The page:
The presumptive Republican presidential nominee, Mitt Romney, likes to play it safe. Romney avoids controversy, by any means necessary, even if he has to lie, flip-flop, or somersault.
When the news hit on the evening of April 19 that Richard Grenell, an openly gay Republican, had been appointed to be Romney’s national security and foreign policy spokesman, anti-gay GOP criticism erupted.
The elephant that sits neither quietly nor invisibly in the GOP’s room is the fact that the Republican Party is just as gay as the Democratic Party — just more closeted. Grenell would have been the party’s first out presidential campaign spokesman, signaling a shift in broadening its appeal to Republican moderates and LGBTQ voters. Instead, we witnessed the continued anti-gay stronghold of the GOP’s social conservatives. On May 1, less than a fortnight after his appointment to the campaign, Grenell abruptly resigned, embarrassing not only the Romney camp but the party’s growing anti-homophobic contingent.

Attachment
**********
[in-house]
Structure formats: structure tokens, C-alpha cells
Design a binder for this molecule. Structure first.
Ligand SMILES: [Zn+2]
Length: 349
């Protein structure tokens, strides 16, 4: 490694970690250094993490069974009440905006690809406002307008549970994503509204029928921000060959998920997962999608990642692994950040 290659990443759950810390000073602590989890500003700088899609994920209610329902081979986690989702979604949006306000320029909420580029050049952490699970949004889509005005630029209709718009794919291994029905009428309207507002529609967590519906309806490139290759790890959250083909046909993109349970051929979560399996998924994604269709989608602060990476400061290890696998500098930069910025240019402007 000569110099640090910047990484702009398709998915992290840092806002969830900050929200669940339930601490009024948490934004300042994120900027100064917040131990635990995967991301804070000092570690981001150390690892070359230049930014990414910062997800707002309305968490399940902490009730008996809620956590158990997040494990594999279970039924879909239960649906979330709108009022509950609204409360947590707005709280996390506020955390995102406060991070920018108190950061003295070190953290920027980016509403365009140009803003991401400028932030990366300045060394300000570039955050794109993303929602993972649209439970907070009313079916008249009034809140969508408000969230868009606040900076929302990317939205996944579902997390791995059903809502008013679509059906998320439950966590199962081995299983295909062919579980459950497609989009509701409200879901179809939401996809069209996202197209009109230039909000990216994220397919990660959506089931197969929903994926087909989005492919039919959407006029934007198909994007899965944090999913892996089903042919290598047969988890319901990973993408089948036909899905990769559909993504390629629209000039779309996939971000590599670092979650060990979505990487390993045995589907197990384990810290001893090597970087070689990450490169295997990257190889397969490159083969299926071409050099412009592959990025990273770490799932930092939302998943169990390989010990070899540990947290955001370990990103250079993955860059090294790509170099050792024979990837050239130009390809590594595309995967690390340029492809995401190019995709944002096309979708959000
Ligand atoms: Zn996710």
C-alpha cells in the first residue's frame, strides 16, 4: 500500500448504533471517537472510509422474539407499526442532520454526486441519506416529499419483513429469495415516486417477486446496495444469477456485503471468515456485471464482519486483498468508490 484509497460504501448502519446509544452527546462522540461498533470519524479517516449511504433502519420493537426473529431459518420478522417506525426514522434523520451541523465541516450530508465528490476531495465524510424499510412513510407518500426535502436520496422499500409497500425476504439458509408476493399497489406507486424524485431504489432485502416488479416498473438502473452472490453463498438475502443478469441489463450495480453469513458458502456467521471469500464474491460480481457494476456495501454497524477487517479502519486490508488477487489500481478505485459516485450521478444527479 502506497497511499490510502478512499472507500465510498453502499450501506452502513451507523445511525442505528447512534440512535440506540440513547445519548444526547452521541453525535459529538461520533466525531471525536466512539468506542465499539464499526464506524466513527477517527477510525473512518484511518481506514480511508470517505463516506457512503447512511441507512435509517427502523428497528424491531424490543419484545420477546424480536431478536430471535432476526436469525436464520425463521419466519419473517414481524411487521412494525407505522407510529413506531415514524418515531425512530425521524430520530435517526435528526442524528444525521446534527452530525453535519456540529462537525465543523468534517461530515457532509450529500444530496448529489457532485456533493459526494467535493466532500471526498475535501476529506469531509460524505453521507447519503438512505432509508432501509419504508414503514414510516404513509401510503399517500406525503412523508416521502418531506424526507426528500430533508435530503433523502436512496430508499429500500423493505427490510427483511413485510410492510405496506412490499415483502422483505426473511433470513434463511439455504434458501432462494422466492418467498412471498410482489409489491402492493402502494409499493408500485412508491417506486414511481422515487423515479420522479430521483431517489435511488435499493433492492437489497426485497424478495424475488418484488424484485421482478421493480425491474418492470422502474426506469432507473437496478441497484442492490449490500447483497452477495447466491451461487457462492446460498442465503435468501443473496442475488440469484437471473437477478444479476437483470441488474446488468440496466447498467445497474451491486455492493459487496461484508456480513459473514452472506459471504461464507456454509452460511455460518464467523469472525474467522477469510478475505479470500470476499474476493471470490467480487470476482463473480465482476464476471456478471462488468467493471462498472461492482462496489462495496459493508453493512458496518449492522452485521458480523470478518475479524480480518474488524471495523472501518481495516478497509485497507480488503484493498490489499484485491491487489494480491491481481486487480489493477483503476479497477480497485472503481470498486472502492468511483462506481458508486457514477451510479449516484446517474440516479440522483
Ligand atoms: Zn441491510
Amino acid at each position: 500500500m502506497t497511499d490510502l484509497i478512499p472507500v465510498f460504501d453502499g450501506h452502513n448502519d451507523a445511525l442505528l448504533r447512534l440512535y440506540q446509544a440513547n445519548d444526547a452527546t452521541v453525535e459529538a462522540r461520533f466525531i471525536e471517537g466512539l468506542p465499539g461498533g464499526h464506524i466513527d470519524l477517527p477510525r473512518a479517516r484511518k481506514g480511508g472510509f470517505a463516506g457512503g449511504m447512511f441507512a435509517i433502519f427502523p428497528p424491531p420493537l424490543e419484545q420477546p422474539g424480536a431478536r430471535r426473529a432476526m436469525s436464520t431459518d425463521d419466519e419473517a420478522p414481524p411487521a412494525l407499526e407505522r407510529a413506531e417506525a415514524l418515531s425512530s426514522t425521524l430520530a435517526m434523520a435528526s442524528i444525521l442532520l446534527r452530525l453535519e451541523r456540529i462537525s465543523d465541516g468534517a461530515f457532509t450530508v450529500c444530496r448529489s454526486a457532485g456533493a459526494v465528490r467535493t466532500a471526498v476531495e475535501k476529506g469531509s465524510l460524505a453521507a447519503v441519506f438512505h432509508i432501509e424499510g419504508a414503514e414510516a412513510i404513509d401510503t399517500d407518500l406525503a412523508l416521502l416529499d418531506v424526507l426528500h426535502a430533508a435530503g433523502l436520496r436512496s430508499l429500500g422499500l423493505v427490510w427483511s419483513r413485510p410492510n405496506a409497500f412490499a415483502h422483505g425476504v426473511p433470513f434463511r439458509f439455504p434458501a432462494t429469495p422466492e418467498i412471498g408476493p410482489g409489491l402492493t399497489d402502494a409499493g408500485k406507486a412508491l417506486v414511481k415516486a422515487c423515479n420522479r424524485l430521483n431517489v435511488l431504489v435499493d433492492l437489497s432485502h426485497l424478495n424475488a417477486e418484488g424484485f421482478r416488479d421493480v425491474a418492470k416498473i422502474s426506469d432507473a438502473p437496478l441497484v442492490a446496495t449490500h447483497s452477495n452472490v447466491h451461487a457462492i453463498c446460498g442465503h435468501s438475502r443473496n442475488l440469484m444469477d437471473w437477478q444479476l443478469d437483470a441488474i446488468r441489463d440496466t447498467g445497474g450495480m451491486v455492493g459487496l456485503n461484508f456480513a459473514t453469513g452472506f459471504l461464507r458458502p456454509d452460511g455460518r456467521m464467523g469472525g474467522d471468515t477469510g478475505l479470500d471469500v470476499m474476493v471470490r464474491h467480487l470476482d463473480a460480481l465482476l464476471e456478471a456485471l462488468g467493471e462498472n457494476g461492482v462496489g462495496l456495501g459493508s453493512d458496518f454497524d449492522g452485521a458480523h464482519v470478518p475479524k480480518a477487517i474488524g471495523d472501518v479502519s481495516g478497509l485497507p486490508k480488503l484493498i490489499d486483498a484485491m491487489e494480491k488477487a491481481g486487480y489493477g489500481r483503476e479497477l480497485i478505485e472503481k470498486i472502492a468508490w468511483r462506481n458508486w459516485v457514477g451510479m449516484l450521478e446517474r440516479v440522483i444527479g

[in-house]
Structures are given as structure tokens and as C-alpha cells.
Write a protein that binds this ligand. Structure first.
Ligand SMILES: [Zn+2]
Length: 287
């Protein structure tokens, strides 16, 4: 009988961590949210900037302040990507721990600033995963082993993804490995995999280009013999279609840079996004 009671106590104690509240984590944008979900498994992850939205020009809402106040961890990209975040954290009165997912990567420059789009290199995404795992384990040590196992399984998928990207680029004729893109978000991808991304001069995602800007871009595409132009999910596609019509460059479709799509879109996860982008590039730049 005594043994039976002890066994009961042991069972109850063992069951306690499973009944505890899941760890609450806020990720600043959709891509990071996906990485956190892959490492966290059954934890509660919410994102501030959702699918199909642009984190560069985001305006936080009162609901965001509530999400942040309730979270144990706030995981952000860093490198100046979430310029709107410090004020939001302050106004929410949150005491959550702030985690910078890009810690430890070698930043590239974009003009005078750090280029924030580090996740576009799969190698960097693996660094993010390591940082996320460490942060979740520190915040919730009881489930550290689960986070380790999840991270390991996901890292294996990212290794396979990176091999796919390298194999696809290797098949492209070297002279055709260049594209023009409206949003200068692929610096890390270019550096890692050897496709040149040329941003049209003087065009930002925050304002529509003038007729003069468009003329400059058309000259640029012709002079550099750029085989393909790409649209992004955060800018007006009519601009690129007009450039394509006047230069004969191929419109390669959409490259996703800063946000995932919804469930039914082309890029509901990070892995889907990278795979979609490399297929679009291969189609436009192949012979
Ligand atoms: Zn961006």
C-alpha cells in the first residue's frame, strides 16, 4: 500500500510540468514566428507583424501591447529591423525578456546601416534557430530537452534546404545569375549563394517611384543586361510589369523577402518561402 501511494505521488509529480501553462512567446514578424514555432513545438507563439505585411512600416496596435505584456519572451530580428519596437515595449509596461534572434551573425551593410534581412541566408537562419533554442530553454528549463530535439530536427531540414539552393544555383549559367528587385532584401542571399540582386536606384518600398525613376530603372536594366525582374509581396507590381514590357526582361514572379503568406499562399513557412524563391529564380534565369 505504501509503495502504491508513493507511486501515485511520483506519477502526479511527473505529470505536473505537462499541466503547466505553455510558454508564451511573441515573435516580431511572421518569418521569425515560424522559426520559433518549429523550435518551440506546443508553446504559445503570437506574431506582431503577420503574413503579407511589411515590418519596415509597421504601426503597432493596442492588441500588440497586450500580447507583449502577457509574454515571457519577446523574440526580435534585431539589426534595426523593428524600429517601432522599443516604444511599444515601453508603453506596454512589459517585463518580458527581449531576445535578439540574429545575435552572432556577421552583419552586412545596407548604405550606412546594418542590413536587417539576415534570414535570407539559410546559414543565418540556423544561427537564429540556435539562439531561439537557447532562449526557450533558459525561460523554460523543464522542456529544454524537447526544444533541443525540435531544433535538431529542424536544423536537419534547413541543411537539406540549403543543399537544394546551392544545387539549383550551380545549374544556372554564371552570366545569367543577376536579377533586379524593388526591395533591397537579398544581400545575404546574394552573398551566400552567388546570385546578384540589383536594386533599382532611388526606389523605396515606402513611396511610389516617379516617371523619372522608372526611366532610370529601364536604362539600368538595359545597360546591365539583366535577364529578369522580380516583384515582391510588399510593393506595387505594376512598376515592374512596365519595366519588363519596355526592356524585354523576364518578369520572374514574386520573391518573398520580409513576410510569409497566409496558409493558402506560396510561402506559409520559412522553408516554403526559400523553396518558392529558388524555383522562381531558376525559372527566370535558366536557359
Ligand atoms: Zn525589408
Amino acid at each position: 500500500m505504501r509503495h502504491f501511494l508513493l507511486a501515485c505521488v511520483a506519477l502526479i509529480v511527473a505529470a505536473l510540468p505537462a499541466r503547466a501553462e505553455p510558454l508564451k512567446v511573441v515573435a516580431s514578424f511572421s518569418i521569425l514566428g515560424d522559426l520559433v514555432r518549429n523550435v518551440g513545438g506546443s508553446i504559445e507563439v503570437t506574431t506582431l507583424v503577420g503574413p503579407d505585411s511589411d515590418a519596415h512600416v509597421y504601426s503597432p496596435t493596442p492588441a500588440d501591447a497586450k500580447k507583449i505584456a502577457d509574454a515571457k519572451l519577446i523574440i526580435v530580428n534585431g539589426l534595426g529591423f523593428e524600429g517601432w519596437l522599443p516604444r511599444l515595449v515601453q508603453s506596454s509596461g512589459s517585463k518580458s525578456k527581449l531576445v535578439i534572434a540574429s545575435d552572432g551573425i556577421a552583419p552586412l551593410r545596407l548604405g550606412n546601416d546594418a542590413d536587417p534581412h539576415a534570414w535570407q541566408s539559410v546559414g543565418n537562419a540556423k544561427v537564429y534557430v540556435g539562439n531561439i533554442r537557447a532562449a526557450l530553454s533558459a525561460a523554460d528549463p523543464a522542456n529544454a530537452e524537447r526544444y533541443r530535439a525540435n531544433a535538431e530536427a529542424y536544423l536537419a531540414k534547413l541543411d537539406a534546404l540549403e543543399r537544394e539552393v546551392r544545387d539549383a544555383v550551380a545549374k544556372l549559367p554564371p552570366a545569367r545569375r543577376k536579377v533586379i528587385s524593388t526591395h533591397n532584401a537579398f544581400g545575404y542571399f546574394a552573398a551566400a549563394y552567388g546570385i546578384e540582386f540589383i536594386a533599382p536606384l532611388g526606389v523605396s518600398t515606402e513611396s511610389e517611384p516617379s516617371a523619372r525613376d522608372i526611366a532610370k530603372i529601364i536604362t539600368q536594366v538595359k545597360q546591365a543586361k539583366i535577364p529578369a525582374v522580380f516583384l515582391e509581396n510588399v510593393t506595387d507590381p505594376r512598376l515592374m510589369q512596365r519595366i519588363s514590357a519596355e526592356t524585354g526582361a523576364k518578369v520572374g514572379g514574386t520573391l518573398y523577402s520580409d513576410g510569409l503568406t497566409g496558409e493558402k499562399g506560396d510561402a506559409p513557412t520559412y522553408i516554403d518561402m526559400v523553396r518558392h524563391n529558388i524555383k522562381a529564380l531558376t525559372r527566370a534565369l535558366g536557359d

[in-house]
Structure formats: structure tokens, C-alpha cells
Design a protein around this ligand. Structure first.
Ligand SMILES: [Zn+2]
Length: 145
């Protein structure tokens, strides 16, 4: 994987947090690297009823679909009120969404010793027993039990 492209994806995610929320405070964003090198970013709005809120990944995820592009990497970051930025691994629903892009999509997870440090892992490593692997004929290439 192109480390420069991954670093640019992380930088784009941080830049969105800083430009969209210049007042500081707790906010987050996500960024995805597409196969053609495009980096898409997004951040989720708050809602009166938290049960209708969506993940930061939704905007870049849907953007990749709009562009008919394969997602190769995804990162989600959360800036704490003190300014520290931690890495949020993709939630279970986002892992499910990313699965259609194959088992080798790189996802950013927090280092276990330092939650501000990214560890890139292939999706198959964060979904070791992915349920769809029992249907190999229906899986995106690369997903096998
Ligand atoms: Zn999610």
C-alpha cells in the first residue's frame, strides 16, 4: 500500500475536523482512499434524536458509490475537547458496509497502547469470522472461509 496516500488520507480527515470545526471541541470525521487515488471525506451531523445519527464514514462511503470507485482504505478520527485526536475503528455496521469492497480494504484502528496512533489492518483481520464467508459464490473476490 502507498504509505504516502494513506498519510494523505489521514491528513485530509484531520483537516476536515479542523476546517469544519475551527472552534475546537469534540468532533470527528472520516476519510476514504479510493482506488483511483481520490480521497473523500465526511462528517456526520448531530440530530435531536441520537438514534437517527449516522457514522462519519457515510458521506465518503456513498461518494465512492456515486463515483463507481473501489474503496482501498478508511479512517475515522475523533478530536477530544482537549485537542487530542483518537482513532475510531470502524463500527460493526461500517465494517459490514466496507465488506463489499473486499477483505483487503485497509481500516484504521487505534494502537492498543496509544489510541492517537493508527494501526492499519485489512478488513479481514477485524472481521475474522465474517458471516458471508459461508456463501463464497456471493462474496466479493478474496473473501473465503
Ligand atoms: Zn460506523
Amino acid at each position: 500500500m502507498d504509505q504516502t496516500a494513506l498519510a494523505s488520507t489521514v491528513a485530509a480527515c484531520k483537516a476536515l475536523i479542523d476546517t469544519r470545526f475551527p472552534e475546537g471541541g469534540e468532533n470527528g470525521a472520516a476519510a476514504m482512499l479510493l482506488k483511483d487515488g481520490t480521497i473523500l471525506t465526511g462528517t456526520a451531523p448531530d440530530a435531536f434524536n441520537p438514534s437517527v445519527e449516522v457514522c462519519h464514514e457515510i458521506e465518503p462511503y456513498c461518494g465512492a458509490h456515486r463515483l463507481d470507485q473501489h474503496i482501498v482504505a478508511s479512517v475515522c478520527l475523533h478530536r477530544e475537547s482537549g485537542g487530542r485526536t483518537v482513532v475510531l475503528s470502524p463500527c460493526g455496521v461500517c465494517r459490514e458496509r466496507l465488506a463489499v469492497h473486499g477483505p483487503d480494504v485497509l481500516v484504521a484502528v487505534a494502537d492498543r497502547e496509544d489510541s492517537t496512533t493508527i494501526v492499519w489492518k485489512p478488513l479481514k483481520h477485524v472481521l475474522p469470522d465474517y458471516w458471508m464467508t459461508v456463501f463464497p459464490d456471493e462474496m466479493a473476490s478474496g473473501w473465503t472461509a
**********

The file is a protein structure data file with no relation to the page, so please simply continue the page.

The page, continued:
In a statement obtained by “Right Turn,” Jennifer Rubin’s conservative commentary column in The Washington Post, Grenell stated:
I have decided to resign from the Romney campaign as the Foreign Policy and National Security Spokesman. While I welcomed the challenge to confront President Obama’s foreign policy failures and weak leadership on the world stage, my ability to speak clearly and forcefully on the issues has been greatly diminished by the hyper-partisan discussion of personal issues that sometimes comes from a presidential campaign. I want to thank Governor Romney for his belief in me and my abilities and his clear message to me that being openly gay was a non-issue for him and his team.
Grenell was a veteran Republican communications strategist when President George W. Bush appointed him as his Director of Communications and Public Diplomacy for the U.S. Permanent Representative to the U.N. in 2001. Before going to the U.N., Grenell served as a spokesman for several Republican officials: New York Governor George Pataki, San Diego Mayor Susan Golding, Michigan Rep. Dave Camp, and South Carolina then-Rep. Mark Sanford before he was elected governor. As a party loyalist who has been on the Republican scene for
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